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"Fewer tests, broader curriculum," trustees told

"Fewer tests, broader curriculum," trustees told


Implementing the Progress and Consistency Tool (PaCT) can allow teachers to do less formal testing, a principal told trustees at the NZSTA annual conference over the weekend.

The biggest surprise was that following implementation of PaCT teachers now felt encouraged to teach a broader curriculum than before.

Conference-goers heard that over the three years the school has been using PaCT they have been able to completely replace the old summative assessment (testing) tools with the new framework. It was important for teachers to establish the credibility of the PaCT framework for themselves, and become confident using it, so implementation had meant running their traditional assessments in parallel until it became obvious that the results of both systems were coming out the same.

Teachers are now confident enough of their ability to assess progress and achievement directly from student work using the PaCT that they have now discontinued test-based assessment altogether.

Instead, teachers are now using students' actual class work to assess their progress and achievement in class and this has freed up time previously spent on assessment testing so there is now more time to teach. Assessment is done using student work across the curriculum including science, social studies and the arts as students need to use their reading, writing and math skills to communicate what they know in every subject.

Testing not required at primary schools

Primary schools have no obligation to test students, only to provide an overall teacher judgement (OTJ) of their achievement. A range of assessment tools are used to help teachers make these judgements, but until now there has been no consistent tool that applies right through a student's primary schooling (years 1-8).

PaCT was introduced in response to concerns from schools about the reliability and validity of national standards data. PaCT allows teachers to map their knowledge about a student's progress to the national standards, by providing illustrated examples (exemplars) of each curriculum level in each aspect of reading, writing and maths.

Using the PaCT framework, teachers identify the national standards level they believe a student is achieving at (the Overall Teacher Judgement or OTJ) then work through the illustrations to confirm or amend that initial judgement. Staff are able to share with each other if they want a second opinion.

Nation-wide results show 93% of initial OTJs are confirmed by the teacher without amendment. Over 400 schools are now using the framework, with another 400 who have expressed an interest in implementing it.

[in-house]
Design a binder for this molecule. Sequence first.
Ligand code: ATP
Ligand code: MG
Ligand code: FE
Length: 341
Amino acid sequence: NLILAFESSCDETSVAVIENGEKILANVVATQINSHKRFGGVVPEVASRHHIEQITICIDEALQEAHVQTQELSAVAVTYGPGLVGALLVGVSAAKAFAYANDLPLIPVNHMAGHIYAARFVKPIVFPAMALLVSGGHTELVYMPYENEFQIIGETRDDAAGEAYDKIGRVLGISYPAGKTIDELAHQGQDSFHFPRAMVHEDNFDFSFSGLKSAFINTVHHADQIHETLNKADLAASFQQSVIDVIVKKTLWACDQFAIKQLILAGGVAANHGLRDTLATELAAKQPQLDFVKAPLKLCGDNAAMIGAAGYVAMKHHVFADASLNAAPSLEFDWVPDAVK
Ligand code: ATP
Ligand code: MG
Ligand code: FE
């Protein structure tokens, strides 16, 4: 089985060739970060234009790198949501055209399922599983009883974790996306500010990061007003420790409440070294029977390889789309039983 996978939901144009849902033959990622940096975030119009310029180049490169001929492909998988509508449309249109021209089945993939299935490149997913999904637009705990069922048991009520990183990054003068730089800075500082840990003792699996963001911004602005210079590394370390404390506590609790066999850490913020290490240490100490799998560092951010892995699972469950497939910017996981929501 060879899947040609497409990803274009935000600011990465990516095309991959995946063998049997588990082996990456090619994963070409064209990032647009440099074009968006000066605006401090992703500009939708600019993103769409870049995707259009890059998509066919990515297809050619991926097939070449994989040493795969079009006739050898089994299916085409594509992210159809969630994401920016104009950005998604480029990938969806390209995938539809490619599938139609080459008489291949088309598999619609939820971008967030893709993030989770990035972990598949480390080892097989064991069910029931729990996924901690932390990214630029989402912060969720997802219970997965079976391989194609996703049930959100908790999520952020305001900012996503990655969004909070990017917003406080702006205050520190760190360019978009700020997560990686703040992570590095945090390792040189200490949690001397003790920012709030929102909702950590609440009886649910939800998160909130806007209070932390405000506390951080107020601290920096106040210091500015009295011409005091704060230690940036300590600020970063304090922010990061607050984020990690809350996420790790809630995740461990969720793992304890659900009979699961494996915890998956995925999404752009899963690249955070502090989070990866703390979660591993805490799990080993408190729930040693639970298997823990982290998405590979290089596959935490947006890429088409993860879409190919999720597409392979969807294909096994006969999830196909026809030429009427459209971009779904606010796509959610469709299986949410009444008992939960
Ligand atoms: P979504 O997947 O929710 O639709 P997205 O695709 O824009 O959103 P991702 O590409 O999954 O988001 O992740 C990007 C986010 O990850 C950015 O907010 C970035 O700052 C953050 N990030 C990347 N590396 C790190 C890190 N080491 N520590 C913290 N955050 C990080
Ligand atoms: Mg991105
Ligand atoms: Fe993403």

A staged implementation plan is recommended to ensure that introducing PaCT is effective, and doesn't add to teacher workloads in the long term.

Along with information about individual students' achievement levels and progress over the year for teachers to use in planning lessons, PaCT can provide reports showing the patterns of achievement and learning needs for classes, groups of students (cohorts), the whole school, or groups of schools (e.g. Communities of Learning).

As well as using the framework to inform classroom teaching and school-wide reporting, at least one school is now sending individual PaCT reports home to parents as the basis for discussion at parent-teacher interviews. Initial responses have been very positive from both teachers and parents

Consistency, not Uniformity

Using the PaCT framework provides consistency, not uniformity says NZSTA President, Lorraine Kerr. Using PaCT is voluntary and there is no "one right way" of using the framework. Instead, each school decides how they want to use the PaCT. Benchmarking using the PaCT exemplars is what creates consistency.

Boards of trustees have a responsibility to ensure that students in their school get the benefit of the whole curriculum, and there have been some ‘speed wobbles’ trying to get the balance right but it appears that the work done by officials and sector groups to ensure that assessment practices support the richness of the whole curriculum are beginning to pay off in the longer term, says Ms Kerr.

The NZSTA annual conference was held in Wellington over the weekend of 15-17 July and was attended by over 900 school trustees, including parent-elected trustees, student and staff trustees and principals.

ENDS


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